If you are a student with an inclination and interest towards math and geometry then you will certainly find the next few lines of interest. If we look back at our school and college days we certainly would have come across terms such as angle and degrees. We may not have shown much interest about it. Anyhow we would like to reopen the topic once again and try to understand these terms from a layman’s perspective. We will also try and learn about the history pertaining to these geometrical measurement terms which are so commonly. They are extremely useful in various day to day activities. For example when it comes to building homes, building, bridges, roads, railway lines, airports, shipyards and other infrastructure constructions they are very much in use and extremely vital and critical. There also would be the need to convert degree to radian and vice-versa. Hence we will also find out how this can be done.
History Of Degree
Though the exact reason for choosing degree as a unit of angle and rotation is not known there are reasons to believe that it was a part of the sexagesimal numeric system. There are evidences to suggest that the earliest trigonometry which was used by Babylonian astronomers and also their Greek successors made use of Degree as a unit of measurement. There are also empirical evidences to suggest that Indian might also have used degrees and it is clearly mentioned in the Rigveda an ancient collection of Hindu Hymns. It must have been written sometime during the 1500 – 2000 BCE.
History Of Radians
Radians are another commonly used and standard unit for measuring and are extensively used in mathematics. According to this measurement the arc length of a unit circle must be equivalent numerically to the radian measurement of the angle which it subtends. To put in other words one radian is roughly equivalent to around 57.3 degrees. Formerly this unit was referred to as a supplementary unit, but eventually this was abolished sometime during 1995. Hence today when we talk about radian it is considered as SI derived unit measurement.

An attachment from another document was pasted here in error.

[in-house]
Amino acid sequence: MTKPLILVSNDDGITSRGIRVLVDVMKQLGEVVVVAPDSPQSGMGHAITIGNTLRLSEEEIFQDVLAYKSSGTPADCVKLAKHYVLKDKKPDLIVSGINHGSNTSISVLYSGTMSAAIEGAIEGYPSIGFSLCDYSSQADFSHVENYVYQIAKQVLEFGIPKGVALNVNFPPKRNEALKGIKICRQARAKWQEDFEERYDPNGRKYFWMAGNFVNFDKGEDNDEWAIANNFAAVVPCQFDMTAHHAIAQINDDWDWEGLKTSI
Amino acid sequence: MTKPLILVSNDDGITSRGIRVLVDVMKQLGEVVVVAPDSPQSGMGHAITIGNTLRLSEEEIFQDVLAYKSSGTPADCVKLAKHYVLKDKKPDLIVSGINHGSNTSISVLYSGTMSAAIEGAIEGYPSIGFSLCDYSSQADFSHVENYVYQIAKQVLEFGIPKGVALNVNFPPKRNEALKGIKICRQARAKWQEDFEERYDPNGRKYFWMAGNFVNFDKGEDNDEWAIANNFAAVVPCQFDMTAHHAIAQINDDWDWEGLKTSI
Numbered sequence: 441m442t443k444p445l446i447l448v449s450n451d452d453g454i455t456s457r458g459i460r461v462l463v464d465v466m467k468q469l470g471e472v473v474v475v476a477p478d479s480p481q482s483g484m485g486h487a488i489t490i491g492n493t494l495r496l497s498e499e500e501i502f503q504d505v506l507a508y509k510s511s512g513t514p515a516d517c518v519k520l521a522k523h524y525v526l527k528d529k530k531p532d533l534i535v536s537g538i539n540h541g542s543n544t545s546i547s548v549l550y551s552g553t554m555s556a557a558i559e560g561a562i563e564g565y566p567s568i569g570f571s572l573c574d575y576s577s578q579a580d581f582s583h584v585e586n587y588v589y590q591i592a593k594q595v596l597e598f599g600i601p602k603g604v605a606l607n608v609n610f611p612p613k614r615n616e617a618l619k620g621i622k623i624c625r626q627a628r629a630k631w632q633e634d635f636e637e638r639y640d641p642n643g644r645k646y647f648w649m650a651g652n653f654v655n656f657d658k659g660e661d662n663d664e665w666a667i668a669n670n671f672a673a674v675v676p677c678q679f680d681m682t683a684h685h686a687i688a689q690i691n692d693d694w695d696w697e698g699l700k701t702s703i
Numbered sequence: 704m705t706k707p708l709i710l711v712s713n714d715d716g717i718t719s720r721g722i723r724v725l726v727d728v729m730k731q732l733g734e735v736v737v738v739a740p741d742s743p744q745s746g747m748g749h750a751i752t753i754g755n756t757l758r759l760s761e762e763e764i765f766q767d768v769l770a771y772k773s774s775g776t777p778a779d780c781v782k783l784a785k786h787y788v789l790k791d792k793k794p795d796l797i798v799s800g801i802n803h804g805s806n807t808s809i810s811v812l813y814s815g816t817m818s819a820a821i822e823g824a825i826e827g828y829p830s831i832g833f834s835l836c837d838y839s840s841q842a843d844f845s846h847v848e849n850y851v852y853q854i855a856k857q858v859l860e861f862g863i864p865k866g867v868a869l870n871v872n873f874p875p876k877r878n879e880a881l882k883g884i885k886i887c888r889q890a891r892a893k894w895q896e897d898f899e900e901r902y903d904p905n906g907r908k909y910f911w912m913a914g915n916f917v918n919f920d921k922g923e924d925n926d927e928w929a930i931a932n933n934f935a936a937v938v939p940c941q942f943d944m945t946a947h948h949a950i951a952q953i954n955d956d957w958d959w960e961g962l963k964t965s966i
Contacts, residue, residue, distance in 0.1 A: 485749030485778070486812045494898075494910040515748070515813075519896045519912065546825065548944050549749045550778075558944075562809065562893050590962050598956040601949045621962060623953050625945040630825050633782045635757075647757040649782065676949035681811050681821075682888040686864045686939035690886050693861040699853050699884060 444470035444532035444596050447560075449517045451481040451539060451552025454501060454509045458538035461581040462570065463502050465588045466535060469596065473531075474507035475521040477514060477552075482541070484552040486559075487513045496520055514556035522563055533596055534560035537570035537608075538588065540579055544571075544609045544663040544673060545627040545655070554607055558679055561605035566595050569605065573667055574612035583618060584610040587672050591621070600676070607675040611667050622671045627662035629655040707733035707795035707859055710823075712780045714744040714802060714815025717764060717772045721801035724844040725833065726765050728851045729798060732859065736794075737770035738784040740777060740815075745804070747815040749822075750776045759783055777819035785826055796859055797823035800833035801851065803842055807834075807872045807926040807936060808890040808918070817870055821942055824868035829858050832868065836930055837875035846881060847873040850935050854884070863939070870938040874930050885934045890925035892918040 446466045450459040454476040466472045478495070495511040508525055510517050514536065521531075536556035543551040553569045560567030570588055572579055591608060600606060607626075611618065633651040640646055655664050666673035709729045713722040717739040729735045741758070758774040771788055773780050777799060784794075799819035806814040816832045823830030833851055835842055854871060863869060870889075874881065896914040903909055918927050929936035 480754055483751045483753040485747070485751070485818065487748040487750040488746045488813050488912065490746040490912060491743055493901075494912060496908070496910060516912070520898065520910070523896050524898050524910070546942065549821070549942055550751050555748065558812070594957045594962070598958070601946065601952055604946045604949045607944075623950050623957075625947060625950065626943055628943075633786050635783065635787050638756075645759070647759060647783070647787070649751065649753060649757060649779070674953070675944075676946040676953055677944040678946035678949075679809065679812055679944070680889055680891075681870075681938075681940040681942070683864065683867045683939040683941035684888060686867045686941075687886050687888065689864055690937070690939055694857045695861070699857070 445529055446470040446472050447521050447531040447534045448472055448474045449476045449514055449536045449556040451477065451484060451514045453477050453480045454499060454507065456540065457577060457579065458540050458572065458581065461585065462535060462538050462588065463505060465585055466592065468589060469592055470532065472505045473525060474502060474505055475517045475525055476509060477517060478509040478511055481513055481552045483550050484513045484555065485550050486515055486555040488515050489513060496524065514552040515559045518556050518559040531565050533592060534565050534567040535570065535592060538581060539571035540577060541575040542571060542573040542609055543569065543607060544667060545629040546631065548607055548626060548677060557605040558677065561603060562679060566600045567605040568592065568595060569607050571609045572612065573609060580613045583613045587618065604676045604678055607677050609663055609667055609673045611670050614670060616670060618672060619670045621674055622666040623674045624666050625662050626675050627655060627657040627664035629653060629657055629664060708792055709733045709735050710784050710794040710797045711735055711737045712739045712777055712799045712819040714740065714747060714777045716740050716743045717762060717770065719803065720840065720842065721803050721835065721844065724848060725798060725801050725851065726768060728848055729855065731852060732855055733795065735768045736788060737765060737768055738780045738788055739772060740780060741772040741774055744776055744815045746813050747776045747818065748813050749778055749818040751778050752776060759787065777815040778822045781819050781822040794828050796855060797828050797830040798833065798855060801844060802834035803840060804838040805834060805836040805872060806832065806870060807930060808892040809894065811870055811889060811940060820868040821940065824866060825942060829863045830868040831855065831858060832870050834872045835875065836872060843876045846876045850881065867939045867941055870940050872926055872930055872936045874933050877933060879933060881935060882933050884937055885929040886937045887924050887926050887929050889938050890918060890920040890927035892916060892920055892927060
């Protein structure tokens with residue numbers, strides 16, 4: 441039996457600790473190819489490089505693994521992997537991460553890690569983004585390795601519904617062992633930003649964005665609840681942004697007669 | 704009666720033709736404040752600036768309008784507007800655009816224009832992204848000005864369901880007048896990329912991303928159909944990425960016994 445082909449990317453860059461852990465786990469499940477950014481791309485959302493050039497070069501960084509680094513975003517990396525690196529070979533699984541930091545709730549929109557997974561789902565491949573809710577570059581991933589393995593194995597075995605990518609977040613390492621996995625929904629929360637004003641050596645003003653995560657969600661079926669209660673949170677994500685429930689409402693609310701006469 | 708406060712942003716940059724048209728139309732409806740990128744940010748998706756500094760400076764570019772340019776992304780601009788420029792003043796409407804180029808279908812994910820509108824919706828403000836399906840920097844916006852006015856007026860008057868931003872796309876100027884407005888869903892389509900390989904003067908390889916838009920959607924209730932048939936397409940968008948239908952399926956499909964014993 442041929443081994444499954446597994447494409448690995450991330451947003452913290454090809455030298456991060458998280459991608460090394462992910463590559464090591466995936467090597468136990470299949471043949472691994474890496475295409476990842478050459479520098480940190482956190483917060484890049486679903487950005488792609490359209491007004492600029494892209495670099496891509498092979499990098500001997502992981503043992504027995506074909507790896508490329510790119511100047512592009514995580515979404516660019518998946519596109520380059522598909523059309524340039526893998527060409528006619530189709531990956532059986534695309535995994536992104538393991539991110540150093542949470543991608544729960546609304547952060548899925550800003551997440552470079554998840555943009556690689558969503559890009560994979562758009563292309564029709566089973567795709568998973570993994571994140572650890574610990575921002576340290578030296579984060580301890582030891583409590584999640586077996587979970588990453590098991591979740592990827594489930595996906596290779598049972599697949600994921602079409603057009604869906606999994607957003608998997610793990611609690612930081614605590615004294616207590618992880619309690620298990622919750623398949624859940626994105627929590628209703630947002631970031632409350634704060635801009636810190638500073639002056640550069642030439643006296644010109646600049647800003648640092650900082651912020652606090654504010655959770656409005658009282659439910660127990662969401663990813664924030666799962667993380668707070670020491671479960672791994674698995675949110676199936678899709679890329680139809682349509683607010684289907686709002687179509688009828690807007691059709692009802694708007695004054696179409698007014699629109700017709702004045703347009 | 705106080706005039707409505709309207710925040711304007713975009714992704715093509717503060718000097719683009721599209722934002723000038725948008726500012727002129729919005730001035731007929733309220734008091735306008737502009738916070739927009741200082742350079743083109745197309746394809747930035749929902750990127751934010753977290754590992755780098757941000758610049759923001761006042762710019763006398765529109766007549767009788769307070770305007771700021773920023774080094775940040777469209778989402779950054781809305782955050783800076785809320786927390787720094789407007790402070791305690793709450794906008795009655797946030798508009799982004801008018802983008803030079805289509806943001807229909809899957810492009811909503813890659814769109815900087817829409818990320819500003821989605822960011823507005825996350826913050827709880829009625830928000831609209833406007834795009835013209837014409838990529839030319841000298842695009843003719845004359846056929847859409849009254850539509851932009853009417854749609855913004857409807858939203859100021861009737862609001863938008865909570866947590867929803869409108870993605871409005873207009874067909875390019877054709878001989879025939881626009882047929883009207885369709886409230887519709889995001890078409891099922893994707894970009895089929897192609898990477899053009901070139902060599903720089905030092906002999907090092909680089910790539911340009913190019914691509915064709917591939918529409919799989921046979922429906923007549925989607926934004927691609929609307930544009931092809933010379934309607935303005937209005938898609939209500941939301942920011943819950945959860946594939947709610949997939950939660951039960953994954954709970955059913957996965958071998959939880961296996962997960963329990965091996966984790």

The entire concept of radian measure is perhaps the brainchild of Roger Cotes and he discovered it in 1714. He was able to describe and explain everything pertaining to radian but was not able to name it. He understood that it was a natural unit for the purpose of angular measurements. So it might not be wrong to mention that Radians might have come into use from 1714. It would be pertinent to mention that the practice of measuring angles using the length of an arc was already in vogue and many other mathematicians were practicing it. This practice in fact was around from 1400 and hence it might be right to suggest that radian has been in use for more than 600 years now.
How To Convert Radians To Degrees and Back
There are some simple and readymade formulas available which could be useful in converting radians to degrees and degrees to radians. One needs to understand the same and if this is made possible it would only be a few minutes before one can convert the same from one to another quite easily. Though there are some complex formulas involved in the conversion process let us try and find out more about the simple methodology that is used for the conversion.
Conversion From Radians To Degrees
When it comes to conversion from radians to degrees, the formula is quite simple. It is about simply multiplying the number of degrees by II/180 degrees. One Radian is equal to 57.2958 degrees. Hence if you have to convert 20 radians into degrees the answer will be 1145.916 degrees. Hence this should not be much of a problem.
Hence it is quite easy to convert radian to degrees and degrees to radians quite easily. It will certainly help you in your daily geometric and other measuring activities.